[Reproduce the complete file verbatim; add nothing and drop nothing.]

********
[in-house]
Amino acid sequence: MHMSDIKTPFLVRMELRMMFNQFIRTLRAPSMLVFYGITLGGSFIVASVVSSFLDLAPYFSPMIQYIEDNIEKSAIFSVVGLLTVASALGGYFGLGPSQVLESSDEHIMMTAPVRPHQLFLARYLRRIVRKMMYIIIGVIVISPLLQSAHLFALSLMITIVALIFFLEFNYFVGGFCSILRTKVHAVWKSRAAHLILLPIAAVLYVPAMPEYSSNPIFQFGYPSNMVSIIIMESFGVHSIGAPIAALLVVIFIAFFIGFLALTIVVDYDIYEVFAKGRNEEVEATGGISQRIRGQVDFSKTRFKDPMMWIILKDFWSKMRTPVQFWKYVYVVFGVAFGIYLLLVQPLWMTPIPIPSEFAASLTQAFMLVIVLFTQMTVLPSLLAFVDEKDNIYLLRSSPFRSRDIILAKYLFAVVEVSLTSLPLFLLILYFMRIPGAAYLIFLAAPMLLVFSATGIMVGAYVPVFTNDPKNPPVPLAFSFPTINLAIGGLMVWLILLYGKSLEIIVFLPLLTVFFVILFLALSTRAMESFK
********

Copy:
[in-house]
Amino acid sequence: MHMSDIKTPFLVRMELRMMFNQFIRTLRAPSMLVFYGITLGGSFIVASVVSSFLDLAPYFSPMIQYIEDNIEKSAIFSVVGLLTVASALGGYFGLGPSQVLESSDEHIMMTAPVRPHQLFLARYLRRIVRKMMYIIIGVIVISPLLQSAHLFALSLMITIVALIFFLEFNYFVGGFCSILRTKVHAVWKSRAAHLILLPIAAVLYVPAMPEYSSNPIFQFGYPSNMVSIIIMESFGVHSIGAPIAALLVVIFIAFFIGFLALTIVVDYDIYEVFAKGRNEEVEATGGISQRIRGQVDFSKTRFKDPMMWIILKDFWSKMRTPVQFWKYVYVVFGVAFGIYLLLVQPLWMTPIPIPSEFAASLTQAFMLVIVLFTQMTVLPSLLAFVDEKDNIYLLRSSPFRSRDIILAKYLFAVVEVSLTSLPLFLLILYFMRIPGAAYLIFLAAPMLLVFSATGIMVGAYVPVFTNDPKNPPVPLAFSFPTINLAIGGLMVWLILLYGKSLEIIVFLPLLTVFFVILFLALSTRAMESFK